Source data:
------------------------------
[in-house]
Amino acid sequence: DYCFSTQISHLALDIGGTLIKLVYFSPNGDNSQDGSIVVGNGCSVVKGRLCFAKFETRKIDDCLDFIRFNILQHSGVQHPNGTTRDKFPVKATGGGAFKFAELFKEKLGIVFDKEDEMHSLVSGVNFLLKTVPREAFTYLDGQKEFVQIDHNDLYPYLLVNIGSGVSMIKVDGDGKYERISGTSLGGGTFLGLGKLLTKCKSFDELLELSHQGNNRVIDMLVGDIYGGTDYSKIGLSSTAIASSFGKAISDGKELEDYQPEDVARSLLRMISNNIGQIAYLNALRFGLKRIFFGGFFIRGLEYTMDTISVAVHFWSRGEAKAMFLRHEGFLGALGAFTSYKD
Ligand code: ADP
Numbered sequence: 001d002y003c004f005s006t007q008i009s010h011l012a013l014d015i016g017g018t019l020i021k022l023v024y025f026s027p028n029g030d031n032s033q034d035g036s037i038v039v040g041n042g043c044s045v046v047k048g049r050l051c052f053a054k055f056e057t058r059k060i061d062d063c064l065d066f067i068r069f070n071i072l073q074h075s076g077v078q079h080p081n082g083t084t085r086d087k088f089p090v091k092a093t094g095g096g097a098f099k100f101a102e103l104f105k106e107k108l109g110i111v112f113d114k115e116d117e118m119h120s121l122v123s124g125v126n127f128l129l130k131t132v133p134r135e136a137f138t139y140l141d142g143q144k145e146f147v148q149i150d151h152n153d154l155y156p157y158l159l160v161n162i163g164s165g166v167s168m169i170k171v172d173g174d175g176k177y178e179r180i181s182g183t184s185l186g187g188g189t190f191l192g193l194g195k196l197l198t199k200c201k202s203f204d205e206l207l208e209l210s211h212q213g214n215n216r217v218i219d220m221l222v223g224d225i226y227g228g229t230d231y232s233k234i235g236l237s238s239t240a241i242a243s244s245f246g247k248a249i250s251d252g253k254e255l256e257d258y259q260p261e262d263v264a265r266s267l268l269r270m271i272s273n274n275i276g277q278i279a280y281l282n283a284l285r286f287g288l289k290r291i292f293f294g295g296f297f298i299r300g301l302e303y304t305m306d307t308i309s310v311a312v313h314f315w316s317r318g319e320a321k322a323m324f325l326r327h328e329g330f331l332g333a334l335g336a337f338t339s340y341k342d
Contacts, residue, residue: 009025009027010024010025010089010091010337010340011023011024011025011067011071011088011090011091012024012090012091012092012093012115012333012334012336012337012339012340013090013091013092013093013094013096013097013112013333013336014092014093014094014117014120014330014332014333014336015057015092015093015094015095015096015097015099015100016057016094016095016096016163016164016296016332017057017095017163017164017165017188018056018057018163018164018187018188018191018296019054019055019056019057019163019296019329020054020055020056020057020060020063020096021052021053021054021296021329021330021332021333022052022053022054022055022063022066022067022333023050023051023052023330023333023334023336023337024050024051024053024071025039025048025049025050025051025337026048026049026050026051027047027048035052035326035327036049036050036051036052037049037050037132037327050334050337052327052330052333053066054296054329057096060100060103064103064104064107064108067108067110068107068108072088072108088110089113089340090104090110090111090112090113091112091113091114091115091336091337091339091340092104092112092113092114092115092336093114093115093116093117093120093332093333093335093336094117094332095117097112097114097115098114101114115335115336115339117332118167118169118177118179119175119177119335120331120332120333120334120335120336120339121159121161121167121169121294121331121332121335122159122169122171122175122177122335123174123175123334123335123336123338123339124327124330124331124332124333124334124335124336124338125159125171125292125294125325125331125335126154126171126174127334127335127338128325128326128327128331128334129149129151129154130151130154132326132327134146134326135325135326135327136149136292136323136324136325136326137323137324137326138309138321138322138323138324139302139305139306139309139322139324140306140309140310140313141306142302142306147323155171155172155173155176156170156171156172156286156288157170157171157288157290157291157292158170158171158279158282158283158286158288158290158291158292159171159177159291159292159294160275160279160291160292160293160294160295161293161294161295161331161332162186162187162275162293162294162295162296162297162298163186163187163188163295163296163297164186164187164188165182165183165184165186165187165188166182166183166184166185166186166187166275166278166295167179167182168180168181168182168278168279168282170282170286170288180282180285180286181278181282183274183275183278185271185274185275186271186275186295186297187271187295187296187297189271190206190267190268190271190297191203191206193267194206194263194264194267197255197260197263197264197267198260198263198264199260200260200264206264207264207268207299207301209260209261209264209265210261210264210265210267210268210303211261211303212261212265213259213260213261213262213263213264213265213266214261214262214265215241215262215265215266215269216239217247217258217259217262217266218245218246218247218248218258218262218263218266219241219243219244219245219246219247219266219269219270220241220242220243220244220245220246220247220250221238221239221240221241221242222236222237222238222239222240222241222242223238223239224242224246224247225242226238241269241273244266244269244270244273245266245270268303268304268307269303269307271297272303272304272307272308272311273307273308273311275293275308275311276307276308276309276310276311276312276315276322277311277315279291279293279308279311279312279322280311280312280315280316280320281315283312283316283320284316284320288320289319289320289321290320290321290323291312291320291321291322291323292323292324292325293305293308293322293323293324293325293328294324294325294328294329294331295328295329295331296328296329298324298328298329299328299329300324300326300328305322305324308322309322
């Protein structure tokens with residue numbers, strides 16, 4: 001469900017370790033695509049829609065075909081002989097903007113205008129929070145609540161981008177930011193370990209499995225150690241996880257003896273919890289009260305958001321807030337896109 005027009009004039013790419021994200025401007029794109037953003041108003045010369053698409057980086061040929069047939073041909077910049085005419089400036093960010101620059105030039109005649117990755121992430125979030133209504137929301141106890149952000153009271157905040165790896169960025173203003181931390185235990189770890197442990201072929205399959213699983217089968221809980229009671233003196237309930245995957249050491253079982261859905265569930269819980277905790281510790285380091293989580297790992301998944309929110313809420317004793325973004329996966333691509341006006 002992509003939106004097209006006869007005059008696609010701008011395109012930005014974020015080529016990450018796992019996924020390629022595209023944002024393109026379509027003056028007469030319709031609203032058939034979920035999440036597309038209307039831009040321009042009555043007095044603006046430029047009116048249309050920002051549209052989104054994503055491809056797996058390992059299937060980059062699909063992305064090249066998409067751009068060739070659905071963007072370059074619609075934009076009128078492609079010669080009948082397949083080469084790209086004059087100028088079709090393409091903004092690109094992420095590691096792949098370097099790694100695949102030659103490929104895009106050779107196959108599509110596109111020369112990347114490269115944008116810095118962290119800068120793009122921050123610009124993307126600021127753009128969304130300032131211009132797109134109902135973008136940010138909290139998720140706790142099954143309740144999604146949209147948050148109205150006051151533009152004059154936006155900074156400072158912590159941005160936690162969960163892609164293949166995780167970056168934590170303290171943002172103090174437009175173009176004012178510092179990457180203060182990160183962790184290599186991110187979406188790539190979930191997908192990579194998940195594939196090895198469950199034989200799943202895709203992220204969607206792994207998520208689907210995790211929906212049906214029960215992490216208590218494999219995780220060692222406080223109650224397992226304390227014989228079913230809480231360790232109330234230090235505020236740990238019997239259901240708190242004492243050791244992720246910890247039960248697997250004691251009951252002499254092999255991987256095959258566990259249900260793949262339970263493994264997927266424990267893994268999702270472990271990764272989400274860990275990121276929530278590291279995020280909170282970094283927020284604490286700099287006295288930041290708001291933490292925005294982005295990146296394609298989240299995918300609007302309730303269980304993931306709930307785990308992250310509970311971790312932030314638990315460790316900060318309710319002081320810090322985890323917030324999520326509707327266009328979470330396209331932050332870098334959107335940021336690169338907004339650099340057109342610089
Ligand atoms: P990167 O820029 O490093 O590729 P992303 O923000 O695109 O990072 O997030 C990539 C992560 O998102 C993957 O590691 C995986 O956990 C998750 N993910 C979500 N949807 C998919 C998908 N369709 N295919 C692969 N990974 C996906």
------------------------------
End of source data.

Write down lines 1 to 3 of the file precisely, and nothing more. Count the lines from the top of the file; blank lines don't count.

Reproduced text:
[in-house]
Amino acid sequence: DYCFSTQISHLALDIGGTLIKLVYFSPNGDNSQDGSIVVGNGCSVVKGRLCFAKFETRKIDDCLDFIRFNILQHSGVQHPNGTTRDKFPVKATGGGAFKFAELFKEKLGIVFDKEDEMHSLVSGVNFLLKTVPREAFTYLDGQKEFVQIDHNDLYPYLLVNIGSGVSMIKVDGDGKYERISGTSLGGGTFLGLGKLLTKCKSFDELLELSHQGNNRVIDMLVGDIYGGTDYSKIGLSSTAIASSFGKAISDGKELEDYQPEDVARSLLRMISNNIGQIAYLNALRFGLKRIFFGGFFIRGLEYTMDTISVAVHFWSRGEAKAMFLRHEGFLGALGAFTSYKD
Ligand code: ADP